30 January 2012
The Digital Drum, co-created by the United Nations Children’s Fund (Unicef) and South Africa’s Council for Scientific and Industrial Research (CSIR), has been cited by Time Magazine as one of the top 50 inventions in the world for 2011.
According to the CSIR, a Unicef/CSIR team was tasked with coming up with an alternative computer learning solution for Uganda, using local materials in simple but robust housing housing.
Unicef Uganda IT specialist Khalid Arbab suggested that, since oil drums were readily available locally, they could be used as a basis for the new housing. The CSIR’s Grant Cambridge worked with Jean-Marc Lefebure from Unicef’s Uganda office to come up with a prototype wall-mounted Digital Drum.
‘A solution developed in the absence of technology’
“The Digital Drum design proved to be an innovative way for Unicef and the CSIR to address a need through a solution developed in the absence of technology,” says Cambridge.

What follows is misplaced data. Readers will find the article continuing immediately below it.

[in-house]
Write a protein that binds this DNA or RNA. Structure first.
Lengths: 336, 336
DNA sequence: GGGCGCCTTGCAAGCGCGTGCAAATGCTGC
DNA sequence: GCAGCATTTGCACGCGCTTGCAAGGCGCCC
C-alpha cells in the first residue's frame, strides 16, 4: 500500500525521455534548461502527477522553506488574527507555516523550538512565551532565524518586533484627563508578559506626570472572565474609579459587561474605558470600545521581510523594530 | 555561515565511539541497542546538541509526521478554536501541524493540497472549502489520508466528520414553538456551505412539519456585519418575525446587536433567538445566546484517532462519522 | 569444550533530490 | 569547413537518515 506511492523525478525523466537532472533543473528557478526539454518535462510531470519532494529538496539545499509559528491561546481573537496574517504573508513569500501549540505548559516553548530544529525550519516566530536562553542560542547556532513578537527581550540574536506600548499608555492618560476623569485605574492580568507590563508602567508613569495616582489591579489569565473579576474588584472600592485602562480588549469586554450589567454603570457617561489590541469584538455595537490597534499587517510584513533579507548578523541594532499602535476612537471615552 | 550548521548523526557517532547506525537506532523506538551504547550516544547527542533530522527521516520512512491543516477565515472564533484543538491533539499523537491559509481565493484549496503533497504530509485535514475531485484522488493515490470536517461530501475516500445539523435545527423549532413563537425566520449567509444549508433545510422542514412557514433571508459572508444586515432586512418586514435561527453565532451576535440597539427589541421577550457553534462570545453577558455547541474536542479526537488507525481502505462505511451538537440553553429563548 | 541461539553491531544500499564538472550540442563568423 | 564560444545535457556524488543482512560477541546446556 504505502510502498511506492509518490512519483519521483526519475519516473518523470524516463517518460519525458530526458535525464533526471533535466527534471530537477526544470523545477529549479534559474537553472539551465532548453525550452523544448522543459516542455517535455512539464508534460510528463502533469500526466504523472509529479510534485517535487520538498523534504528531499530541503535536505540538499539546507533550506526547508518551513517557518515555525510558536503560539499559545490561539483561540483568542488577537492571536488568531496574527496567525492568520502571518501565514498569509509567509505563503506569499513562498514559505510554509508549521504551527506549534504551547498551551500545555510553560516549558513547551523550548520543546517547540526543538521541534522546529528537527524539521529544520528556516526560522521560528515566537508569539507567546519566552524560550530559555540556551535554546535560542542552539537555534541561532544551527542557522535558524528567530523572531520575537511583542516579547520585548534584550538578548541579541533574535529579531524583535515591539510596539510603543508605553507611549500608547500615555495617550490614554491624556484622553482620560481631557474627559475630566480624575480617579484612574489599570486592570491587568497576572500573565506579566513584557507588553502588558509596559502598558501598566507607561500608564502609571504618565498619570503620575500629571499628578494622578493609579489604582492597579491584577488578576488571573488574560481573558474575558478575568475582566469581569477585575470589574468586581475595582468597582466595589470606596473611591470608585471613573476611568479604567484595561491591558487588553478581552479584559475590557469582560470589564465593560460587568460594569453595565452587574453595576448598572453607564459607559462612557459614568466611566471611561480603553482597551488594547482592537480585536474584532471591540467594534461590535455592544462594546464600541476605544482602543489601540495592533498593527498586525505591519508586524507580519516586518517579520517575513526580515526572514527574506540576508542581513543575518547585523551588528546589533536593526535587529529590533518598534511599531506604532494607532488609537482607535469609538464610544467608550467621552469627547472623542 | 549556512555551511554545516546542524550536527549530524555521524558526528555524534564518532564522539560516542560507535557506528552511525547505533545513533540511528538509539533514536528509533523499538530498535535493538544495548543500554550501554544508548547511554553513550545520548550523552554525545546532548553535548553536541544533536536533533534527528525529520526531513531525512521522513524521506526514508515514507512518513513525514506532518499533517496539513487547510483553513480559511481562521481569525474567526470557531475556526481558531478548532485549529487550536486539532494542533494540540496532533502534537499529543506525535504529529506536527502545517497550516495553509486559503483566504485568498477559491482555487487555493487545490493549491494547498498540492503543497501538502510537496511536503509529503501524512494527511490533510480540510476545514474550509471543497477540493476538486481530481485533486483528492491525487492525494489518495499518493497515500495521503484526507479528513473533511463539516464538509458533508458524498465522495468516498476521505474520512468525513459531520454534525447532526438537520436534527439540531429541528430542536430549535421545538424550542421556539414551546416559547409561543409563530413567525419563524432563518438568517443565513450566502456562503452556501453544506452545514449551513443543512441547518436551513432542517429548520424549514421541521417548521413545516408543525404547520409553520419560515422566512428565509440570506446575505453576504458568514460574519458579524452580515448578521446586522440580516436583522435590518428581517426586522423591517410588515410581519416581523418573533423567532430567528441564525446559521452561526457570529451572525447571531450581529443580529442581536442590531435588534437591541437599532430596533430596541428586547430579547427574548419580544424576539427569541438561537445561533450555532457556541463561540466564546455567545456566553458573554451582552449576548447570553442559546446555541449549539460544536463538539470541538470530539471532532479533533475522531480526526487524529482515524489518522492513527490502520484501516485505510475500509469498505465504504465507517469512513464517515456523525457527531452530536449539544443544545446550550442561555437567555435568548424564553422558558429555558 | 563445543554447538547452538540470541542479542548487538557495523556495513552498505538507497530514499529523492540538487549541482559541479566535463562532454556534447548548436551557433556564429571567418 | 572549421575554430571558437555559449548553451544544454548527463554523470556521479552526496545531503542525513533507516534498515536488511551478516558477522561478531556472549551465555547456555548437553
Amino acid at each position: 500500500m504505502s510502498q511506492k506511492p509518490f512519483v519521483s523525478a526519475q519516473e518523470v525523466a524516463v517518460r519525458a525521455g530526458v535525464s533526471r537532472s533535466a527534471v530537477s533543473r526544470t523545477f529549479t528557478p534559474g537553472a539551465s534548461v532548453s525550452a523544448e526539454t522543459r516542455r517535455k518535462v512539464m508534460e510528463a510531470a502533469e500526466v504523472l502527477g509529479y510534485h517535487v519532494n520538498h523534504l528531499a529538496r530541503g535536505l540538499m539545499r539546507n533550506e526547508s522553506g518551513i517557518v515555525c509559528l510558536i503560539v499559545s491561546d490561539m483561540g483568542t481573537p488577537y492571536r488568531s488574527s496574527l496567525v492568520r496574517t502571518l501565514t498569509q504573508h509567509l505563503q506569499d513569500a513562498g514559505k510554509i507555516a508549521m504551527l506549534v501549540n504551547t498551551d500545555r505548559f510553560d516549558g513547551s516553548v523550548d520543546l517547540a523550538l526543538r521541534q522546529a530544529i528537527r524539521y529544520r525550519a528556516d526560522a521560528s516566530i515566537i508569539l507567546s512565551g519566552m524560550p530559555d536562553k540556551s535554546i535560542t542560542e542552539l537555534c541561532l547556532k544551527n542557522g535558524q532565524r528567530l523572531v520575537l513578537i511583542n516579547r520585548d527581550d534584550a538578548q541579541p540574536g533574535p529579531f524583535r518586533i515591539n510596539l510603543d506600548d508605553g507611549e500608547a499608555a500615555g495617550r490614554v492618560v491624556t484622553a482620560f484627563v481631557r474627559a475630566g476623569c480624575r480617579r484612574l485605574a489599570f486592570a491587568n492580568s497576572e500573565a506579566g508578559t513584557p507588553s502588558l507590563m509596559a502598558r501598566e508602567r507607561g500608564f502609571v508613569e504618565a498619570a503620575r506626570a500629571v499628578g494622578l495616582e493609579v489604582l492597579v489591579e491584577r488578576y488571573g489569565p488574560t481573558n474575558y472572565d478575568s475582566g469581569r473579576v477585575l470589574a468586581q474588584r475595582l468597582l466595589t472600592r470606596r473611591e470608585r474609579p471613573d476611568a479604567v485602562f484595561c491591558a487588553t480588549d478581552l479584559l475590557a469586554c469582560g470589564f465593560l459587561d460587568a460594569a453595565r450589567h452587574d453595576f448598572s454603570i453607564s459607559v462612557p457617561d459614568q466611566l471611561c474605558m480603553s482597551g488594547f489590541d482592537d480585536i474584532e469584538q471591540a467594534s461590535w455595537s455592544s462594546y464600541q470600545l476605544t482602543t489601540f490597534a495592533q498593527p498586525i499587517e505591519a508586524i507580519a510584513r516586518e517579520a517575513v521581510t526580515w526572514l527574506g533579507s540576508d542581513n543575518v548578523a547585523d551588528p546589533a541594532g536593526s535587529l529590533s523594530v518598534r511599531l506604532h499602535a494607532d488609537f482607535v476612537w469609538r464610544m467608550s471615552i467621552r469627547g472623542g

The Digital Drum is based on the CSIR’s Digital Doorway, a robust stand-alone computer system that promotes self-learning of computer literacy and information skills, while giving people access to information on health, education and other relevant issues.
The Digital Drum has two work stations, with content adapted from the standard Digital Doorway suite.
The original prototype, as well as a subsequent iteration of the Digital Drum using a second oil drum as a stand, is on display at the Cooper-Hewitt National Design Museum in New York.
South Africa’s Digital Doorway project
South Africa’s Digital Doorway project, funded by the Department of Science and Technology, explores “minimally invasive education” as an alternative means of promoting wide-scale computer literacy.
It does this through Digital Doorways, free-standing multimedia computer terminals with keyboards and touchpads embedded in robust kiosks, accessible to the public 24 hours a day.
It seeks to verify results, in the South African context, of research conducted in India, through an initiative called Hole-in-the-Wall, indicating that children can acquire functional computer skills without any formal training – through their own intuition and exploration.
The idea is to provide people in rural and disadvantaged areas with computer equipment, and allow them to experiment and learn with minimal external input.